Vik Bansal, CEO of Cleanaway Waste Management, has a clear message to executive recruitment firms engaged by his company. “I always say, ‘I don’t care if it’s men or women, young or old, or the colour of their skin – you need to give me diverse candidates. That’s what I’m looking for.’ But if I don’t say that, it doesn’t happen.”
He has recently taken a public stance on cultural diversity. “Up until now, I avoided these conversations but as my daughter grows up, I understand why diversity is important. Someone once told me, ‘You have to be 20 per cent better because you start off behind.’ I don’t want her to face that. I live and breathe that all the time and I think there’s a time for everything.”
Growing up in North India, Bansal faced a sliding-doors moment when deciding to move overseas for more opportunity. He completed an MBA at Deakin University in Melbourne before moving into roles in Australia and the United States.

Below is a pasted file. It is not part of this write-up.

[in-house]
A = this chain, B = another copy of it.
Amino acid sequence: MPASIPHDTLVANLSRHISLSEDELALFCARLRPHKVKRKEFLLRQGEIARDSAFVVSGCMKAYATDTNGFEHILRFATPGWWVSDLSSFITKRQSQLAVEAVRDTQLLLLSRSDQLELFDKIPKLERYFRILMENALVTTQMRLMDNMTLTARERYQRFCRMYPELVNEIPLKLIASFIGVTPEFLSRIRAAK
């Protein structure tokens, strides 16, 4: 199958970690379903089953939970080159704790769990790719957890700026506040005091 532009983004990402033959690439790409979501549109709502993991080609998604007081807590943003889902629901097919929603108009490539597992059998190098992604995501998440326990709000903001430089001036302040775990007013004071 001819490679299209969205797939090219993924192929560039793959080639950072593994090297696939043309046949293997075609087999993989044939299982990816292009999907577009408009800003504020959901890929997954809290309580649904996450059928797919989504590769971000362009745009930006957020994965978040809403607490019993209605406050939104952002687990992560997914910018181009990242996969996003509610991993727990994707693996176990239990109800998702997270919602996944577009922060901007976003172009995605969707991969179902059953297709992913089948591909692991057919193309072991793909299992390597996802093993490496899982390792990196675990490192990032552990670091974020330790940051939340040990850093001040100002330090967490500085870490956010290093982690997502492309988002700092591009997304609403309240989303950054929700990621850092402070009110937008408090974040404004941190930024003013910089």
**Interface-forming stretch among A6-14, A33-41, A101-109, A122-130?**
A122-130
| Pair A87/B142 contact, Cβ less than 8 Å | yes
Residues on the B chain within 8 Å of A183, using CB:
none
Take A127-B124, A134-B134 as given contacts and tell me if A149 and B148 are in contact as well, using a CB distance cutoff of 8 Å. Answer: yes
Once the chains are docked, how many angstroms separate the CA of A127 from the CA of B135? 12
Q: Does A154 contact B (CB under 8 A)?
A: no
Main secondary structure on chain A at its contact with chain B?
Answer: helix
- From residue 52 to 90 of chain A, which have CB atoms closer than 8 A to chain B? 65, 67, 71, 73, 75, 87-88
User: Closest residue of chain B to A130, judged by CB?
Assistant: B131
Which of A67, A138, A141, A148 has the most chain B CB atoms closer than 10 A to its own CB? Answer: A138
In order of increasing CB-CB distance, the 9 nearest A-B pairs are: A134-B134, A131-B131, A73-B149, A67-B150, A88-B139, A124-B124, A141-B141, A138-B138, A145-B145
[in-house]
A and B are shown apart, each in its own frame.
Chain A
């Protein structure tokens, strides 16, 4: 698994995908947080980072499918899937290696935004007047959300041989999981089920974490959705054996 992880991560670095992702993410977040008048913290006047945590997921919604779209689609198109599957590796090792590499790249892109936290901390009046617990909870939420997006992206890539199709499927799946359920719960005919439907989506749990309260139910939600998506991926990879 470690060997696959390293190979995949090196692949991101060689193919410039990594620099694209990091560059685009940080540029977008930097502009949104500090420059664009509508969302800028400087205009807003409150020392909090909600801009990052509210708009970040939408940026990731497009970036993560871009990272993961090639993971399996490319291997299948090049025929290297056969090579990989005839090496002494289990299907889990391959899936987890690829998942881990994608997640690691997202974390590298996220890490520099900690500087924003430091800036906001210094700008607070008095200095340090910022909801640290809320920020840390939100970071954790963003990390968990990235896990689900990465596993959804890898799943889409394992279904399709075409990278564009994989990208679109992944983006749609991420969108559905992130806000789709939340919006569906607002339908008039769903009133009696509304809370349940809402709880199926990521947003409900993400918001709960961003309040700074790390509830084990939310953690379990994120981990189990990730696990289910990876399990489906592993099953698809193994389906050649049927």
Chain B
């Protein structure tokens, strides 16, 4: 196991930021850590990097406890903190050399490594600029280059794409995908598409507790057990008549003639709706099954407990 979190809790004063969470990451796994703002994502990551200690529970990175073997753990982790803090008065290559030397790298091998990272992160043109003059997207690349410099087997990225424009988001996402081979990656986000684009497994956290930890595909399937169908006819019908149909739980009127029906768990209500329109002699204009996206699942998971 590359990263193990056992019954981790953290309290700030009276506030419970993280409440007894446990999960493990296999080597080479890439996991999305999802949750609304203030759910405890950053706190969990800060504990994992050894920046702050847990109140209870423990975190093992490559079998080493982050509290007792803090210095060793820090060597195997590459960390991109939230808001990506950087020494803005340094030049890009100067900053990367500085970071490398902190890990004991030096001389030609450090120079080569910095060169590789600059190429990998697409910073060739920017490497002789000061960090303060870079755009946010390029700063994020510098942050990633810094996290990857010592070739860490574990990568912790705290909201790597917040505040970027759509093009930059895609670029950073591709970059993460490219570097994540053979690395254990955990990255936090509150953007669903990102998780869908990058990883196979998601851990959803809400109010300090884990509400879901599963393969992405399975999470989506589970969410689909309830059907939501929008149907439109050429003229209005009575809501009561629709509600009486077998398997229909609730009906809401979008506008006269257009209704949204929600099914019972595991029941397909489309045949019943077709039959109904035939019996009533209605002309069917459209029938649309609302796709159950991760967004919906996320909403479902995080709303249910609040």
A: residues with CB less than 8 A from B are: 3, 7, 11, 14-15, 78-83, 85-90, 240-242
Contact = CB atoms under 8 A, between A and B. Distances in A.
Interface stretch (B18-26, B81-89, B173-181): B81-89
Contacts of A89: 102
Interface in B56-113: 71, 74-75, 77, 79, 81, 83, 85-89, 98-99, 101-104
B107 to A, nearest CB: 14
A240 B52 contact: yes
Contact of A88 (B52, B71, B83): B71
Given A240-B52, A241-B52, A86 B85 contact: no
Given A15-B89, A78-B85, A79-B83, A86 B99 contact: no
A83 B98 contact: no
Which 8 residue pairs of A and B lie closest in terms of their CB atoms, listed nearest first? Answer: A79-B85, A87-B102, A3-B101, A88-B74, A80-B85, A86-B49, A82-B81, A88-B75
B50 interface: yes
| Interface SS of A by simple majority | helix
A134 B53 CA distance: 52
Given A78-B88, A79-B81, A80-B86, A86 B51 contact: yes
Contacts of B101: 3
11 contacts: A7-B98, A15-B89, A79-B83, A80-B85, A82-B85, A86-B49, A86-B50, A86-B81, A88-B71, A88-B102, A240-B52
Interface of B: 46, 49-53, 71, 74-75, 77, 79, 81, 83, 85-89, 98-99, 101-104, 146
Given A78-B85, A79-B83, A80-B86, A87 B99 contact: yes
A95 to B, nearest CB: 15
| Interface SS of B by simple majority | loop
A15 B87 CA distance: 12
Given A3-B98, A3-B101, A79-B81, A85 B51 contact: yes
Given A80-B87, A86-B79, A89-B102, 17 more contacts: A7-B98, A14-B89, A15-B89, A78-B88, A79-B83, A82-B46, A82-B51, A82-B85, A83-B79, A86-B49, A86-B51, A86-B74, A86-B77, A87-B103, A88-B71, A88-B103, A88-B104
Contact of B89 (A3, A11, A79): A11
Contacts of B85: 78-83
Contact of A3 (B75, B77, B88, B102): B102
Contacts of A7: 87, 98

“I went into business and worked for global companies that had a global mindset on diversity. In the US, I was fascinated that, for the first time, the colour of my skin and background became my leverage point. Now people are coming through the ranks and executives are seeing the benefits of diversity. It will move things.”
Bansal has some empathy for the 65-yearold male board member who, for his entire life, has been operating in a situation where 95 per cent of people are like him. “You need to work on yourself to change your biases. Where I become frustrated is where people don’t make an effort to listen.”